Image: Blossom CEO and founder Emon Shakoor.
Blossom, the first accelerator that aims to empower and enable women’s startups in Saudi Arabia, is gearing up for its latest cohort.
As part of the GAN (Global Accelerator Network, the largest group of accelerators, partners, and investors in the world, with more than 120 cities on six continents) community, Blossom joins world-famous accelerators including Techstars, MuckerLab, MIT PlayLabs, and more.
After just wrapping up their second accelerator programme and accelerating a total of 13 companies in 2018, 50% of whom reported an increase in both traction and revenue, Blossom is getting set for its next edition. It'll be commencing in Jeddah beginning on March 17.
As Blossom CEO and founder Emon Shakoor says, “This is only the beginning.”
Blossom CEO and founder Emon Shakoor.
The Global Accelerator Network was founded in 2010 by the two co-founders of Techstars, Brad Feld and David Cohen. Their idea was to connect the top mentorship-driven, seed-stage accelerators around the world. GAN was launched to align the accelerator industry around globally accepted best practices and create a standardised model for their success. In 2016 GAN Ventures, a new investment arm of the business, was launched to further empower startups around the world.
For its latest edition, Blossom startups will now receive access to more than $1 million in perks, access to an international network and mentors, select exchange programmes with other accelerators around the world, and exclusive access to GAN ventures.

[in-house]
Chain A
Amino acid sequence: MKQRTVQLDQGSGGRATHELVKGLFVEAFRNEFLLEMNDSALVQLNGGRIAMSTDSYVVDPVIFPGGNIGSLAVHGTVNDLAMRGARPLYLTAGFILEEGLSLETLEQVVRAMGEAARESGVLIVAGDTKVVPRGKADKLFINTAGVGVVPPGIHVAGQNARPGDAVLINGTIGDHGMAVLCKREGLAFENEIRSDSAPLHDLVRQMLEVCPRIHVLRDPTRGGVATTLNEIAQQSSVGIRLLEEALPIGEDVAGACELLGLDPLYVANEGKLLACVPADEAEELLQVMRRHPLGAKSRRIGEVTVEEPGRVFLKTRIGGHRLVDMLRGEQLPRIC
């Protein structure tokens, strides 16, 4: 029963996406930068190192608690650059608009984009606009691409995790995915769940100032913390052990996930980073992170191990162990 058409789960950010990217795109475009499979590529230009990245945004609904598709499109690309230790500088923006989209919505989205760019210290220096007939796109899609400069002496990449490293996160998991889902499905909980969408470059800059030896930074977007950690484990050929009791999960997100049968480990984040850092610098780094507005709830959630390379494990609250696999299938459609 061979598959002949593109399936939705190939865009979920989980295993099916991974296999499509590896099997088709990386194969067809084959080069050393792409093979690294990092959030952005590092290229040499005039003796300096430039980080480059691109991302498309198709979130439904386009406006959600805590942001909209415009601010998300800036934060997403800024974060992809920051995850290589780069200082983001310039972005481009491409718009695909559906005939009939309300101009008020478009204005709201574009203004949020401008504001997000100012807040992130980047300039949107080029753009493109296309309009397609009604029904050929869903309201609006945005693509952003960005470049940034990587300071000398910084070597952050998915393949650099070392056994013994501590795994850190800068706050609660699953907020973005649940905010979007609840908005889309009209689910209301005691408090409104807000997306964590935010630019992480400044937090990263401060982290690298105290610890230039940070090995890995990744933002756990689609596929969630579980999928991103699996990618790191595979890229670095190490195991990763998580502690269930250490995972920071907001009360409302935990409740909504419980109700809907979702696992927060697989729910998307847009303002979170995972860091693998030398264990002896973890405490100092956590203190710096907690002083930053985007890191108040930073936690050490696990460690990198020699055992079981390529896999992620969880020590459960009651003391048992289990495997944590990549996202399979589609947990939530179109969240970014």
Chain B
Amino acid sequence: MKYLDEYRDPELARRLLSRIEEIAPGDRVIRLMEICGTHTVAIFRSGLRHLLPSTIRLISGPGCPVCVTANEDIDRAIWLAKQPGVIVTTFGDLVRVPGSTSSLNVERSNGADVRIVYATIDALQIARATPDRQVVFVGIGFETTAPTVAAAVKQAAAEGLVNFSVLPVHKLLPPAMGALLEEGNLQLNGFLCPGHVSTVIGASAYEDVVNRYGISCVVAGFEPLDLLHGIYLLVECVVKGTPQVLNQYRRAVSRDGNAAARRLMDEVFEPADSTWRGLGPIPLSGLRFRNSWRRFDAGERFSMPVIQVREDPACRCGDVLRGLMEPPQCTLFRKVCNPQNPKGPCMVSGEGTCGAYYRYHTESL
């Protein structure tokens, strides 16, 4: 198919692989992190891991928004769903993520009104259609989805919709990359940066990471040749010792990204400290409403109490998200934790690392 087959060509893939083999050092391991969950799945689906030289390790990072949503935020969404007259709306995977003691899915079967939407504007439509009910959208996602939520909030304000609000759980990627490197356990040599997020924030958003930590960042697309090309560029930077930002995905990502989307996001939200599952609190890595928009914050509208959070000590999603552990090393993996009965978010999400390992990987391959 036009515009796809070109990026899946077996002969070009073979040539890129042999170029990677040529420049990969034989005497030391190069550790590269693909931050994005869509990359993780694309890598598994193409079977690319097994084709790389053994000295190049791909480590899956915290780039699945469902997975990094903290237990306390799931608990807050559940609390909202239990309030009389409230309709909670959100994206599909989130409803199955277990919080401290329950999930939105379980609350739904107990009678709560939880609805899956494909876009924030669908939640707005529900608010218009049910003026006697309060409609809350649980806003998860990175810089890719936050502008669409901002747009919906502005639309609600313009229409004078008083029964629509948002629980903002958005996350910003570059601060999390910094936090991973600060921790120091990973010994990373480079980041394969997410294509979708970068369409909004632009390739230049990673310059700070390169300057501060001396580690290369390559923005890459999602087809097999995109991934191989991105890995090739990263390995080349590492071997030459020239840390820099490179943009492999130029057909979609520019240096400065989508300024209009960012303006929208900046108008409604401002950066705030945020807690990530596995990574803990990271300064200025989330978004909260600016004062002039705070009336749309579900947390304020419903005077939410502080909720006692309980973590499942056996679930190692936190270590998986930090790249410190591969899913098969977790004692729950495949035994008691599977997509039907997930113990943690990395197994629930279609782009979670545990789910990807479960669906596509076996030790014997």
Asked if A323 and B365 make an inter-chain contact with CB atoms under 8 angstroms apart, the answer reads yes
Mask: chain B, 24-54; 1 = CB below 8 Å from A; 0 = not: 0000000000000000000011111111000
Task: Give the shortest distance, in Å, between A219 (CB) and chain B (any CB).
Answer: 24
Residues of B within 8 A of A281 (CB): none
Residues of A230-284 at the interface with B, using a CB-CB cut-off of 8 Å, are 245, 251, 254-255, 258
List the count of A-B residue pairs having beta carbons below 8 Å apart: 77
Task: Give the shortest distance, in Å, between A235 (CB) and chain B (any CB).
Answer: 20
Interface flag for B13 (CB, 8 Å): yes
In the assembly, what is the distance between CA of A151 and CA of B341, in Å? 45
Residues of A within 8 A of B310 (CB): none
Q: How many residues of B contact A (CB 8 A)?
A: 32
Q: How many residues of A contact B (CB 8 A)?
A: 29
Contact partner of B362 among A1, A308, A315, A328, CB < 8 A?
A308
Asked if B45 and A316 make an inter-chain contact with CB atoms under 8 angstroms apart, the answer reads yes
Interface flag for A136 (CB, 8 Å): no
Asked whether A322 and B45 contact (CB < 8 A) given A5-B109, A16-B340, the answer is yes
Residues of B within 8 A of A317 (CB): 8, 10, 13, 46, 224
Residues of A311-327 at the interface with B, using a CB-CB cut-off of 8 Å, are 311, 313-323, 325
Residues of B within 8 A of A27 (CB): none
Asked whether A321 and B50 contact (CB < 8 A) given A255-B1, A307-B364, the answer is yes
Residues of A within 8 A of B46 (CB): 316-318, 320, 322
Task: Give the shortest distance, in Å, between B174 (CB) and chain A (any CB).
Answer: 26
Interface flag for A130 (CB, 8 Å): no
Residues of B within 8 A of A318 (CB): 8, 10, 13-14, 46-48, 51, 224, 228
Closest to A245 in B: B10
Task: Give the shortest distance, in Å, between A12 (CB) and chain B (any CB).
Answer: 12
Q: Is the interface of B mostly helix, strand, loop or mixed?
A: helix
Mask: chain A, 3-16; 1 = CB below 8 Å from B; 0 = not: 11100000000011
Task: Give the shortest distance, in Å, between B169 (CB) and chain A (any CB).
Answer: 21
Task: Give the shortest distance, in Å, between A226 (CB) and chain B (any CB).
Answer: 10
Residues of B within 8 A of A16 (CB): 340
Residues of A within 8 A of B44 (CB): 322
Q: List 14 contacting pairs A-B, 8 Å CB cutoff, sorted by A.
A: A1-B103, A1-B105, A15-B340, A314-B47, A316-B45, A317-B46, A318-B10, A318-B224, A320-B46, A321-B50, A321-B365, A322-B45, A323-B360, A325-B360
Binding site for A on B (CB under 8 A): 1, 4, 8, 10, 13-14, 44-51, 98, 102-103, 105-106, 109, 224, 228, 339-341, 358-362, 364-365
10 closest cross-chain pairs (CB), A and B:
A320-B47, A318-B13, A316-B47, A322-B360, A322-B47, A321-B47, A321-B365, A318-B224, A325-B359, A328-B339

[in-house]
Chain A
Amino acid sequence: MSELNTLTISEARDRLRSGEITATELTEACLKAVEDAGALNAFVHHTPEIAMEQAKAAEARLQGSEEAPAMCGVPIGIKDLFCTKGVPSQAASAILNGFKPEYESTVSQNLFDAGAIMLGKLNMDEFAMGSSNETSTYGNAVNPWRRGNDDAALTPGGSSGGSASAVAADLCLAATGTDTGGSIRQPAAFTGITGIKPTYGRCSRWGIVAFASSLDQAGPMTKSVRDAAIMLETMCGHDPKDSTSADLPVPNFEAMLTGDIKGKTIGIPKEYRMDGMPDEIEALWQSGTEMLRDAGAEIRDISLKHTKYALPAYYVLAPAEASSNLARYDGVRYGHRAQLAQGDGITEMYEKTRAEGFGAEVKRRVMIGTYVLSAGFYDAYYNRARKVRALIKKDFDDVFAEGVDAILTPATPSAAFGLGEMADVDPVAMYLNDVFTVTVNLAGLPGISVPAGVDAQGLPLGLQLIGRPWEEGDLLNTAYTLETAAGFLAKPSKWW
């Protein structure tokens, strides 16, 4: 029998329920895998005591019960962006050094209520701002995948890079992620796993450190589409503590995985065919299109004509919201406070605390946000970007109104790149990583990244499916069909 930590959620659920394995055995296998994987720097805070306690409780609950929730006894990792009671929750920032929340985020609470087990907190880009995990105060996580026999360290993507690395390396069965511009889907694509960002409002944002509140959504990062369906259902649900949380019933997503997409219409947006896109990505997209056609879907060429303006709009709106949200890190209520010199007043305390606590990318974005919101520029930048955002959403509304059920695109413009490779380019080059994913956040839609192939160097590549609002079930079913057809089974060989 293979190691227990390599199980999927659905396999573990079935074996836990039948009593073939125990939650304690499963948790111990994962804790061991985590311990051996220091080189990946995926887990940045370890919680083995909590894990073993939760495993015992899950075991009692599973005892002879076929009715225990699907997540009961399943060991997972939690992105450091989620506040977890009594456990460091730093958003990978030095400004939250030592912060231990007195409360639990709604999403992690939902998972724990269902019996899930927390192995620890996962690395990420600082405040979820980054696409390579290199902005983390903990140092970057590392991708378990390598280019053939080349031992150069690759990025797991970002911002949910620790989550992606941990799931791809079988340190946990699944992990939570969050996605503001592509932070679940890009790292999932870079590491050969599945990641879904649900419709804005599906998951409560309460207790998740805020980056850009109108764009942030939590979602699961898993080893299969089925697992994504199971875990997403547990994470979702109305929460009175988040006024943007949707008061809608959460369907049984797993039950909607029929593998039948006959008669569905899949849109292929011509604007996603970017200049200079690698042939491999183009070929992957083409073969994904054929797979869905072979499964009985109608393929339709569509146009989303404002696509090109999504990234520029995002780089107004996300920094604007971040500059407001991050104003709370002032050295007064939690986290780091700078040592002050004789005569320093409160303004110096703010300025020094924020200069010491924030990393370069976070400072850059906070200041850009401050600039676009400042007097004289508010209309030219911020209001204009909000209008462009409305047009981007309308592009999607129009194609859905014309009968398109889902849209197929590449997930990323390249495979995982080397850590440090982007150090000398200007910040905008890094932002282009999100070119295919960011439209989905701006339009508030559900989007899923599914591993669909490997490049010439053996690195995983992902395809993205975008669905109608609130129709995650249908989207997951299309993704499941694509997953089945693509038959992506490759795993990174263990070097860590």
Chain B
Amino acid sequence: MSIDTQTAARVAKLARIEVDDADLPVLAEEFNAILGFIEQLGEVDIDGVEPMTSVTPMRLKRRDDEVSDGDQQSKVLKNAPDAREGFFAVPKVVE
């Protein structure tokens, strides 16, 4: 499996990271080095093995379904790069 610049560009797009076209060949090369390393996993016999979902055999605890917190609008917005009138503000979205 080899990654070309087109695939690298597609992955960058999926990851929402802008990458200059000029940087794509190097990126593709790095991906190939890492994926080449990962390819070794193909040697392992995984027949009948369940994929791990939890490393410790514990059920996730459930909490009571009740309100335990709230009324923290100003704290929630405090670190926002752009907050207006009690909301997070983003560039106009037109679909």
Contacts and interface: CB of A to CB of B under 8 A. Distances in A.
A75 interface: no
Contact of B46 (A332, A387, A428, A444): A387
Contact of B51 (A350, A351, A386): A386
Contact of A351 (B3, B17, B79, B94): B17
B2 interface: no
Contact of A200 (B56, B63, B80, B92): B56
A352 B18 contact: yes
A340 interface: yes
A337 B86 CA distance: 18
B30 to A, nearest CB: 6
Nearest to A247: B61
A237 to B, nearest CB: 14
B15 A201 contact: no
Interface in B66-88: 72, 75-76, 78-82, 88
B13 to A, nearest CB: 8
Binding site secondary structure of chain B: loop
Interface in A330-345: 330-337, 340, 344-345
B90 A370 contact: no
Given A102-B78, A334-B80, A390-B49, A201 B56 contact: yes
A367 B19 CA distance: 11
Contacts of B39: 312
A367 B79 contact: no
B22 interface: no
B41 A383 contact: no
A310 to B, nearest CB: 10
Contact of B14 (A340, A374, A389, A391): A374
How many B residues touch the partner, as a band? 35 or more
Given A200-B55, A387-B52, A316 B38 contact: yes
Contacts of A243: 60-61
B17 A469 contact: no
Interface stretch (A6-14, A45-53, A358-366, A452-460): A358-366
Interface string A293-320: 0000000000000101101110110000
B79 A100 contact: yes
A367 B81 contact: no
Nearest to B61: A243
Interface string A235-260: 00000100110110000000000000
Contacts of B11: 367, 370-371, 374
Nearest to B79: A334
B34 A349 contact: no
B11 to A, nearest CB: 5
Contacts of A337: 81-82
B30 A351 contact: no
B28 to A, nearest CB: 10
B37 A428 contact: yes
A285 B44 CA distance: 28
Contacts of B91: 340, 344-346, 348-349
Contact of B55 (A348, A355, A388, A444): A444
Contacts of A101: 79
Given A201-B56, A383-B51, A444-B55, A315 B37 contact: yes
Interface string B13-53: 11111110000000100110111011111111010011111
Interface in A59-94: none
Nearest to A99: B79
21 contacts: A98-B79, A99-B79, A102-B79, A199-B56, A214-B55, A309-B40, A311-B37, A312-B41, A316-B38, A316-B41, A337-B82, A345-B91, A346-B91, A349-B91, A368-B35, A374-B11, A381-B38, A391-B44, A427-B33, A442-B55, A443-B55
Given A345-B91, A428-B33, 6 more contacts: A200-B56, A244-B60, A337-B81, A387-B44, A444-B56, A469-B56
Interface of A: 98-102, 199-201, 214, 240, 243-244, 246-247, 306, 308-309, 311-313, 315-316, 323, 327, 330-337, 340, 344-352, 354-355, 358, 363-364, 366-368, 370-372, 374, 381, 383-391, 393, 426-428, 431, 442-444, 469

Blossom's launch comes as the World Economic Forum’s Global Gender Gap Report 2018 says that despite progress in some areas, the Middle East and North Africa still trail worldwide, with about 153 years to close the gender gap at the current rate of change.
Saudi Arabia - ranked 141st - has shown modest progress in closing the gender gap, according to the report, with improvement on wage equality and women’s labour force participation, as well as a smaller gender gap in secondary and tertiary education.
Globally, the report said stagnation in the proportion of women in the workplace and women’s declining representation in politics, coupled with greater inequality in access to health and education, offset improvements in wage equality and the number of women in professional positions, leaving the global gender gap only slightly reduced in 2018.
The report said the UAE - which ranked 121st globally - has seen improvements in gender parity in the legislators, senior officials and managers and healthy life expectancy indicators, but a widening and counterbalancing gap in wage equality.